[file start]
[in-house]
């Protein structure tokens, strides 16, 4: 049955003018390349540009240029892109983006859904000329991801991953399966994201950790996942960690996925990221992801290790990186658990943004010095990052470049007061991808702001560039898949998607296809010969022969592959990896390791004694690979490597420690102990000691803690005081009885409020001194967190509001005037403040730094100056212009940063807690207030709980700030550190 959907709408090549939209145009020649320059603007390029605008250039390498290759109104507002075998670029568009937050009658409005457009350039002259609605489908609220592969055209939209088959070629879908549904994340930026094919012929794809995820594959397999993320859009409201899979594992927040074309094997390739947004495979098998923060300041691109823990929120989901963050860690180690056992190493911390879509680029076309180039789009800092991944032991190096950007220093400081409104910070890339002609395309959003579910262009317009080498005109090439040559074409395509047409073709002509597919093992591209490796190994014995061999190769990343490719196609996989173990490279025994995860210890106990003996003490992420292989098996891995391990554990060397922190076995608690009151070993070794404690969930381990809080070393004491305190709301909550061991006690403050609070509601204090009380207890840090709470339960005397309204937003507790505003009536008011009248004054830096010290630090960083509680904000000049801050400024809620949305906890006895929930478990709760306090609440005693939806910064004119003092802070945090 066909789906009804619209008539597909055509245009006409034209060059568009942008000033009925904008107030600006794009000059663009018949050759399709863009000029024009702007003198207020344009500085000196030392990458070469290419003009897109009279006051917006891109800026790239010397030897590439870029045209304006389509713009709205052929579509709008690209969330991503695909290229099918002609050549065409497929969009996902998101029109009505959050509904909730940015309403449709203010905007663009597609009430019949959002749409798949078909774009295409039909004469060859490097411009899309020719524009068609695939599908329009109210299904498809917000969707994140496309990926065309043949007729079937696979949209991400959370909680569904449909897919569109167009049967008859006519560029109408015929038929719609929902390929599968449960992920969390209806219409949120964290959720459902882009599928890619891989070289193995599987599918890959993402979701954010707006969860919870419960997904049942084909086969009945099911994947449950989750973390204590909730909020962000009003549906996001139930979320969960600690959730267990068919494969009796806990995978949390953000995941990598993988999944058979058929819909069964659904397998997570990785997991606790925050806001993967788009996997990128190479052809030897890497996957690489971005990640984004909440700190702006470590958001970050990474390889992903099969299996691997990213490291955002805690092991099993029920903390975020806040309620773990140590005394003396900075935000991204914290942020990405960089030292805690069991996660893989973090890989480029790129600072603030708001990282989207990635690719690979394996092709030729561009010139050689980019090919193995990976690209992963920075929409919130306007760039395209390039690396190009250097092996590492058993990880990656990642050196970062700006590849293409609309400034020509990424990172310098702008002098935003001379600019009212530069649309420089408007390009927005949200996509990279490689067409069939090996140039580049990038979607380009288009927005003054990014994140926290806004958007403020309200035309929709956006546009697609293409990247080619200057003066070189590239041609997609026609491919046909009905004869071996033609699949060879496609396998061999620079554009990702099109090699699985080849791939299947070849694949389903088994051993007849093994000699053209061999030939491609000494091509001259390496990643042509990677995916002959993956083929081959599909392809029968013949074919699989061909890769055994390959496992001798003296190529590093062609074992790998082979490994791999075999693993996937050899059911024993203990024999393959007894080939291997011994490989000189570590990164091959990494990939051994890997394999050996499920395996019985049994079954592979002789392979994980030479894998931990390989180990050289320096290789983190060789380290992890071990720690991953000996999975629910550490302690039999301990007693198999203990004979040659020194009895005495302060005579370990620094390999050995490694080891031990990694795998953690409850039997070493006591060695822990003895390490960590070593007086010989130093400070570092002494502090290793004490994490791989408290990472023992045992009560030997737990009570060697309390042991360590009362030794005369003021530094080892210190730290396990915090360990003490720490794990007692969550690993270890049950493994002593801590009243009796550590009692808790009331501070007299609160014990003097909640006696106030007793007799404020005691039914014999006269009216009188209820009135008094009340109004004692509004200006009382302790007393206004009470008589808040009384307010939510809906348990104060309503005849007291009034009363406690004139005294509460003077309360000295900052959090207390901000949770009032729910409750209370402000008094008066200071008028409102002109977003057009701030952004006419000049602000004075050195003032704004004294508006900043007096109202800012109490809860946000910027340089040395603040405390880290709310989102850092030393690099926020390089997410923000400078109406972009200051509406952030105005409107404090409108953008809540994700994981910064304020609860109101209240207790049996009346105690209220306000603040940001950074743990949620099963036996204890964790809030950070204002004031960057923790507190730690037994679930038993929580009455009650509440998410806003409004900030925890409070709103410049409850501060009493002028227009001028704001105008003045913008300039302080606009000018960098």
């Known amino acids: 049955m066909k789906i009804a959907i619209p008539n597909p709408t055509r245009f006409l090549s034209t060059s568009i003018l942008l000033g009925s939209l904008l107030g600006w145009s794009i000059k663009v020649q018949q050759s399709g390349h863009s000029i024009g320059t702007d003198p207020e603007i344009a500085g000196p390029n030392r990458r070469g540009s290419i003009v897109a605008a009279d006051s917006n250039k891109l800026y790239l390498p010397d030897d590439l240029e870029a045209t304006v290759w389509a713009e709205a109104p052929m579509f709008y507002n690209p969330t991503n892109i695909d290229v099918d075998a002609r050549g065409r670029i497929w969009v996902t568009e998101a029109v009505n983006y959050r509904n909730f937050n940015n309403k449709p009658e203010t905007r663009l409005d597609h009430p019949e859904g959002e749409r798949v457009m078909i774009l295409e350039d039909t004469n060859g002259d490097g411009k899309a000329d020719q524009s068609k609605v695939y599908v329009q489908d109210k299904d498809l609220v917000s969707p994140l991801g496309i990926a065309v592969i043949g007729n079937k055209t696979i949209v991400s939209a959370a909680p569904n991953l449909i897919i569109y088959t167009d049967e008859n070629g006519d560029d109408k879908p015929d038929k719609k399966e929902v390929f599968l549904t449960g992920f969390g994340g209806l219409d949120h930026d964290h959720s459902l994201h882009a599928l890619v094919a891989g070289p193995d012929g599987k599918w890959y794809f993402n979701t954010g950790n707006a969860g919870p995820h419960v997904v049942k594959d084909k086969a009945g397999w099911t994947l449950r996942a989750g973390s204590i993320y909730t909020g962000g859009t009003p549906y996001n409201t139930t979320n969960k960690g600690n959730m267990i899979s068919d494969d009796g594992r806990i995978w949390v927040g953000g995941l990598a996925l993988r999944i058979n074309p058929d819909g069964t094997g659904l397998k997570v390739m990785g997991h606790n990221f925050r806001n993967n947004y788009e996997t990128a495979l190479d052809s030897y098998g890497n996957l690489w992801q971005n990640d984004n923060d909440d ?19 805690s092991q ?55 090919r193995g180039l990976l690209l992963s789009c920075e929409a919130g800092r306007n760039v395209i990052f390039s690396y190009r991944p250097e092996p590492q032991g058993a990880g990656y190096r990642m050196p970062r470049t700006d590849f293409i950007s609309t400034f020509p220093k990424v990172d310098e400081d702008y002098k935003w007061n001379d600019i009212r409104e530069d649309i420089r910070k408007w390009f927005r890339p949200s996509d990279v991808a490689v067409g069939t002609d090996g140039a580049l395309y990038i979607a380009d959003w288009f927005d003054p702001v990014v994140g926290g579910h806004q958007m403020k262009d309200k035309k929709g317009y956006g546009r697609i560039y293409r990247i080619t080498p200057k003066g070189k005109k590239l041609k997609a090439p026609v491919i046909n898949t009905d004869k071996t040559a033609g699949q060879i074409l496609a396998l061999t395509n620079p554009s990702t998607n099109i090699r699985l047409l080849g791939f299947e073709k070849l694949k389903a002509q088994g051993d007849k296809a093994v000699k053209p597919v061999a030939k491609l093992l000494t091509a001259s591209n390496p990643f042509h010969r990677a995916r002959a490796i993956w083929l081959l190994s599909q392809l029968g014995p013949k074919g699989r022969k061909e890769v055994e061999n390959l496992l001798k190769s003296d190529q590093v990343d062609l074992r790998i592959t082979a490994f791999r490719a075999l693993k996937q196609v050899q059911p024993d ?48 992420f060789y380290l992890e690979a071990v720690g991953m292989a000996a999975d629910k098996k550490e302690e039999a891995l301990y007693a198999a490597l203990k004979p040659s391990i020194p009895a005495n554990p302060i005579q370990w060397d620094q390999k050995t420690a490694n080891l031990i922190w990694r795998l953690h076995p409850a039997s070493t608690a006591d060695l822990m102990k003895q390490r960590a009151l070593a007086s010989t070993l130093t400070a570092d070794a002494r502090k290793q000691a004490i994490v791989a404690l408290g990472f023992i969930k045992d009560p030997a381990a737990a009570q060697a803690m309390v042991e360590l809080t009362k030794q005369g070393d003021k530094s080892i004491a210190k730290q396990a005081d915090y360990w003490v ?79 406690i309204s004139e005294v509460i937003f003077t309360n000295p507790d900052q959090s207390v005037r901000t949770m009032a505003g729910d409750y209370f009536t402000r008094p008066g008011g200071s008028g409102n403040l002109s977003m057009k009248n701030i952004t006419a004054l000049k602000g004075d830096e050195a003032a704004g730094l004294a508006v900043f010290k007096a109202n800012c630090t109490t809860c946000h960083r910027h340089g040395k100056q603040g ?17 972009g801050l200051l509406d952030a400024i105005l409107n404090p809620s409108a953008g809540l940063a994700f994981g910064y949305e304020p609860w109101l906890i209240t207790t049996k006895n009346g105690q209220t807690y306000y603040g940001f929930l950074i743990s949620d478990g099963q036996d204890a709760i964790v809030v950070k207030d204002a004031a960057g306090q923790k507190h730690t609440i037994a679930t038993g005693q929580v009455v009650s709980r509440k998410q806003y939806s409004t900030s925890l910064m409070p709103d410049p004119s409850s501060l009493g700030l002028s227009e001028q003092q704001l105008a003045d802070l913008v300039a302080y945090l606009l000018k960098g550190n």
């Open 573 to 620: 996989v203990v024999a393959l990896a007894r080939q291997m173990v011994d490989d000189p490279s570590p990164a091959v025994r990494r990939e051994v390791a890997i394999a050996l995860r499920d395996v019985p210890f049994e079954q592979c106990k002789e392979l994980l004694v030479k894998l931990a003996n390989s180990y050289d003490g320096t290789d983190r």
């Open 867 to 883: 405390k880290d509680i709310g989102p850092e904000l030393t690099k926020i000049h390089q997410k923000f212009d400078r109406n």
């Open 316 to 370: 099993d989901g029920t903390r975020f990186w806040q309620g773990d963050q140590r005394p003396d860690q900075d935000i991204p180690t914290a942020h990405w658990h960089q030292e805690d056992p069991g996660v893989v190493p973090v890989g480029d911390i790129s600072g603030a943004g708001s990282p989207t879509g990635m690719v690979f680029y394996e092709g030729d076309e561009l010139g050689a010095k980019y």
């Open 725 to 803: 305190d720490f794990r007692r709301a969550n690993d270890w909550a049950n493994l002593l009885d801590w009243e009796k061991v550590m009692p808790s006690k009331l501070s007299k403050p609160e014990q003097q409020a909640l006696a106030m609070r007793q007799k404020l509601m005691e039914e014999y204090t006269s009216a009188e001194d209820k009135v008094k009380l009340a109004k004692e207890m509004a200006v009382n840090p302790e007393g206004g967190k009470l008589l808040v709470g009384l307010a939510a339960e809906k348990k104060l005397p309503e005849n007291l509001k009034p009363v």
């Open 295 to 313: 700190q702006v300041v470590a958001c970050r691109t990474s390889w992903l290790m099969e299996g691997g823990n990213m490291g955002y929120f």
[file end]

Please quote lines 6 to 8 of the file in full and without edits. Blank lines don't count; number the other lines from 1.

């Open 316 to 370: 099993d989901g029920t903390r975020f990186w806040q309620g773990d963050q140590r005394p003396d860690q900075d935000i991204p180690t914290a942020h990405w658990h960089q030292e805690d056992p069991g996660v893989v190493p973090v890989g480029d911390i790129s600072g603030a943004g708001s990282p989207t879509g990635m690719v690979f680029y394996e092709g030729d076309e561009l010139g050689a010095k980019y």
């Open 725 to 803: 305190d720490f794990r007692r709301a969550n690993d270890w909550a049950n493994l002593l009885d801590w009243e009796k061991v550590m009692p808790s006690k009331l501070s007299k403050p609160e014990q003097q409020a909640l006696a106030m609070r007793q007799k404020l509601m005691e039914e014999y204090t006269s009216a009188e001194d209820k009135v008094k009380l009340a109004k004692e207890m509004a200006v009382n840090p302790e007393g206004g967190k009470l008589l808040v709470g009384l307010a939510a339960e809906k348990k104060l005397p309503e005849n007291l509001k009034p009363v």
């Open 295 to 313: 700190q702006v300041v470590a958001c970050r691109t990474s390889w992903l290790m099969e299996g691997g823990n990213m490291g955002y929120f």